There are also notes and sketches from “Star Trek: The Motion Picture,” character cels from the first animated “Star Trek” series in the 1970s and a storyboard detailing how Gene Roddenberry, as the senior surviving officer on a commercial jet, saved the lives of 22 people aboard when his plane crashed in 1947 in Syria.
He went on to work as a Los Angeles police officer, later writing speeches for Police Chief William Parker. He then left law enforcement to become a writer and producer, creating shows such as “The Lieutenant” (1963-64 on NBC).
Rod Roddenberry said that besides the tribute to his father, he likes the museum’s other exhibits.
“Not only do you guys have the opportunity to see cool things, but there’s a lot of things you can learn over there,” Mr. Roddenberry told the fans about the museum, which has an interactive area where families can create things together. “It’s fascinating the way they designed these exhibits for all sorts of audiences in mind. Hopefully it gets you thinking.”
The Gene Roddenberry exhibit is right next door to the Archie Comics exhibit, which chronicles the iconic comic’s history and Archie’s relationships with Betty, Veronica, Jughead, Reggie and others at Riverdale High School. There’s original art and TV and film props, and the exhibit salutes the past animated shows and the current live-action “Riverdale” series on The CW.
Nearby, people can play traditional and new versions of PAC-MAN in a free arcade.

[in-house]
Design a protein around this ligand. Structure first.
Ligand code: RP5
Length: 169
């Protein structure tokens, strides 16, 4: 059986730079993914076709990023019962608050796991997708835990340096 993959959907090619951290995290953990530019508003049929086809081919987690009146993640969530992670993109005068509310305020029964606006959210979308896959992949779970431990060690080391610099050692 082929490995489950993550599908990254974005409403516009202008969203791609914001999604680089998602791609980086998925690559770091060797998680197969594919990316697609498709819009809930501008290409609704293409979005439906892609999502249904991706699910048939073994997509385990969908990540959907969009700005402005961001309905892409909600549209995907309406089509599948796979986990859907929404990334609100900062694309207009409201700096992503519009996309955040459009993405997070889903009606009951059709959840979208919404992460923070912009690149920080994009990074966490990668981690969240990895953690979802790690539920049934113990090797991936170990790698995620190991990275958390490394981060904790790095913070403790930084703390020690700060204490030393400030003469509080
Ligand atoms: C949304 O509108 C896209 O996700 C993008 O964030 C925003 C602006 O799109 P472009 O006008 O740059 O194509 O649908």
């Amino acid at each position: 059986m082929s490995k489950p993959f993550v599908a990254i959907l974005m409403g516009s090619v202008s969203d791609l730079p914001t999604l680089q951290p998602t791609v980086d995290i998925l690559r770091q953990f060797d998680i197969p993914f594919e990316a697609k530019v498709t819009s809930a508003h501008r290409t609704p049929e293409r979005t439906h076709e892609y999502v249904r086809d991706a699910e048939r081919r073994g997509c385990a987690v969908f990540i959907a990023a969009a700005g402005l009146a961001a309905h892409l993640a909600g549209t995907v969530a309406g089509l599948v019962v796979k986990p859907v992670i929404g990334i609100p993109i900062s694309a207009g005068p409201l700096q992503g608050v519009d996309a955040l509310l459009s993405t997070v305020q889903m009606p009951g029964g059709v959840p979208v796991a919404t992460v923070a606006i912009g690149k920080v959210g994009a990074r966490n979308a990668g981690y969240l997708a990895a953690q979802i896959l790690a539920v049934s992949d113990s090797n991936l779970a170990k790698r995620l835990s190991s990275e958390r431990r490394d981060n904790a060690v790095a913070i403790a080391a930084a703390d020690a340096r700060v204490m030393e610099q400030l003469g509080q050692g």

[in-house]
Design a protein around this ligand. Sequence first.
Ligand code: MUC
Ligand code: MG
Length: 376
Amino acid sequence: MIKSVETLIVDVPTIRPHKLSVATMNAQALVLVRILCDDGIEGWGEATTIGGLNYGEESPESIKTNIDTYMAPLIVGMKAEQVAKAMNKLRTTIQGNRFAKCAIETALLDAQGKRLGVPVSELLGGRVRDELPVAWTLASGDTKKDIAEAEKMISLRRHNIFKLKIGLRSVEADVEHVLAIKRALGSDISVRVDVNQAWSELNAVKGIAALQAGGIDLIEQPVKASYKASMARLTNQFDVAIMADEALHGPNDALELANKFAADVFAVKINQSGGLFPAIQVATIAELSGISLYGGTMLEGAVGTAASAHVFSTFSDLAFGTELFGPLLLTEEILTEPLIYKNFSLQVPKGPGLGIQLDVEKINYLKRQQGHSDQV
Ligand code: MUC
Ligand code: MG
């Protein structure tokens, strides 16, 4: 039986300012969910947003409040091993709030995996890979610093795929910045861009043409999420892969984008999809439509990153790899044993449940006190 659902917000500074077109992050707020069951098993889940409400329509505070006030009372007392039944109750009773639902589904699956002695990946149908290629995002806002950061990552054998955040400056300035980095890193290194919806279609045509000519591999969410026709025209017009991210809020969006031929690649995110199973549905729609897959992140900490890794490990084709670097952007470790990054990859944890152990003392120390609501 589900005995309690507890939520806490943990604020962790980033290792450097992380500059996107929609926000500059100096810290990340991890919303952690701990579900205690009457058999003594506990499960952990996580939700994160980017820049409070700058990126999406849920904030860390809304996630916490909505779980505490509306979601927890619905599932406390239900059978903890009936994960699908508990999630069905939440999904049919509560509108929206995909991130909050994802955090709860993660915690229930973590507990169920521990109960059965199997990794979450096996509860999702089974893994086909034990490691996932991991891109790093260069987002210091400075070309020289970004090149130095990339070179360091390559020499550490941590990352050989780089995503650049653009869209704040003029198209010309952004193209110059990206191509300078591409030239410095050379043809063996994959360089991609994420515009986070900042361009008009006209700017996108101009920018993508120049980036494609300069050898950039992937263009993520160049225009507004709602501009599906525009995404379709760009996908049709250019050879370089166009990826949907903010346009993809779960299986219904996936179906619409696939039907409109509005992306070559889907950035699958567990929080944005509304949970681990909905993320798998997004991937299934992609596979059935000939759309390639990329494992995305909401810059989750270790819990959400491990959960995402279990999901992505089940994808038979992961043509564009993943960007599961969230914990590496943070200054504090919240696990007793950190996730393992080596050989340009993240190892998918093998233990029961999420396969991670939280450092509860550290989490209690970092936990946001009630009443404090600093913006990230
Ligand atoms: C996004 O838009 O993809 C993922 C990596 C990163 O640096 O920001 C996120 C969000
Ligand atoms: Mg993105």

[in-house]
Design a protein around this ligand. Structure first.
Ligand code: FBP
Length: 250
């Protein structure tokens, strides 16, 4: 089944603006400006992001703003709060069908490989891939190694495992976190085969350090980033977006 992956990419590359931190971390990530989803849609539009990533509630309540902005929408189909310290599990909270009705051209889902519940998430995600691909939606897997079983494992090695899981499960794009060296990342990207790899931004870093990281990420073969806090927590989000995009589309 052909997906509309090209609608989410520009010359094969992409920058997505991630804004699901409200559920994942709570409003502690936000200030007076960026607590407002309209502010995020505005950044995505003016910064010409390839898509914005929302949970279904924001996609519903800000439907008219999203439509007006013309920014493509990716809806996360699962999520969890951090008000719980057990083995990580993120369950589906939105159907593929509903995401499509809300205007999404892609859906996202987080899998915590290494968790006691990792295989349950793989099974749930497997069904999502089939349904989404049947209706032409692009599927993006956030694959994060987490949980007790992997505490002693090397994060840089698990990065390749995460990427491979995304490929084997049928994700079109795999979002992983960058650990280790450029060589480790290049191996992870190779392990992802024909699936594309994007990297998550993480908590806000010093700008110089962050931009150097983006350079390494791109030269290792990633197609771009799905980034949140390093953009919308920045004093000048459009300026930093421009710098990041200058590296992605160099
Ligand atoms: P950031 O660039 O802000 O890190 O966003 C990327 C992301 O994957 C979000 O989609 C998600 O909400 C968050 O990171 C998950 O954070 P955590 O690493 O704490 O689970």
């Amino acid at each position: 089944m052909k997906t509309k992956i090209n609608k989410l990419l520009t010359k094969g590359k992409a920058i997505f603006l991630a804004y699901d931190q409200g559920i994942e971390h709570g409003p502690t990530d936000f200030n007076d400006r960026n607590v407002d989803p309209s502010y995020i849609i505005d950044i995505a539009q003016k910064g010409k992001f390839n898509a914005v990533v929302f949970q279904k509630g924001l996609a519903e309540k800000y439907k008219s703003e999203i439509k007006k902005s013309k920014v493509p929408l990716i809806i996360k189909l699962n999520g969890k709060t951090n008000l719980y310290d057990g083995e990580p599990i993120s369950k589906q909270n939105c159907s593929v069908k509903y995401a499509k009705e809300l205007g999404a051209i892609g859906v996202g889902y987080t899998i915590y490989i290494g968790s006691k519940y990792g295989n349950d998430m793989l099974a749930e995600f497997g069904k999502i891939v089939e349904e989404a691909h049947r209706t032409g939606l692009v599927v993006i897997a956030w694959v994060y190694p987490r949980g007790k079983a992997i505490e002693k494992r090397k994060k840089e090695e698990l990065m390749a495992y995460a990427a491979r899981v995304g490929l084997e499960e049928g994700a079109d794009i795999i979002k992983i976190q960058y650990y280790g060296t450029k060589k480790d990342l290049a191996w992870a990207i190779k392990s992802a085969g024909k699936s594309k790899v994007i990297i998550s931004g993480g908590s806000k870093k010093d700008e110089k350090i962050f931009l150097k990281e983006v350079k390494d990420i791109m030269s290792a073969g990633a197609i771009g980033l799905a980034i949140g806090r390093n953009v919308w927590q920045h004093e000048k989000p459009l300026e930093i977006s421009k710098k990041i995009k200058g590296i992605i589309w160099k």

When the News-Press visited, many people were interested in the Cardboard Superheroes exhibit, which, besides Marvel heroes, featured “Star Wars” characters as C-3PO. Connor and Bauer Lee started building the life-size sculptures six years ago and have established Cardboard Superheroes as a nonprofit supporting free arts education workshops for people of all ages.
Upstairs at the museum is a poignant corner with “Out of the Darkness: Comic Art in the Times of COVID.” It’s presented by A Reason To Survive, a youth development nonprofit in San Diego, and is sponsored by Kaiser Permanente.
The exhibit features youths’ artwork that resulted from a collaboration between the Comic-Con museum and ARTS.
Along the walls upstairs are the works of New Yorker cartoonist Charles Samuel Addams, who created the Addams Family and much more. The exhibit includes his 60 original works divided into various categories. They vary from his Addams Family drawings to paintings such as one showing a field of self-carving pumpkins on Halloween.
Elsewhere, the costumes representing the masquerade show at Comic Con are bright, colorful and dramatic.
And a movie downstairs in the museum discusses the third inductee into the museum’s Character Hall of Fame: Wonder Woman.
“Her incredible 80-year-legacy and influence on popular arts and culture cannot be denied and may even be more significant today than at any time in her long venerated history,” Comic-Con spokesperson David Glanzer said in a statement.
The other inductees are PAC-MAN and Batman.
Over time, the museum will add other exhibits, but in the meantime, additions will be made over the months to the existing exhibits, Mr. Ibrahim said.
“Even if an exhibit is there for six months, it will be refreshed with new things.”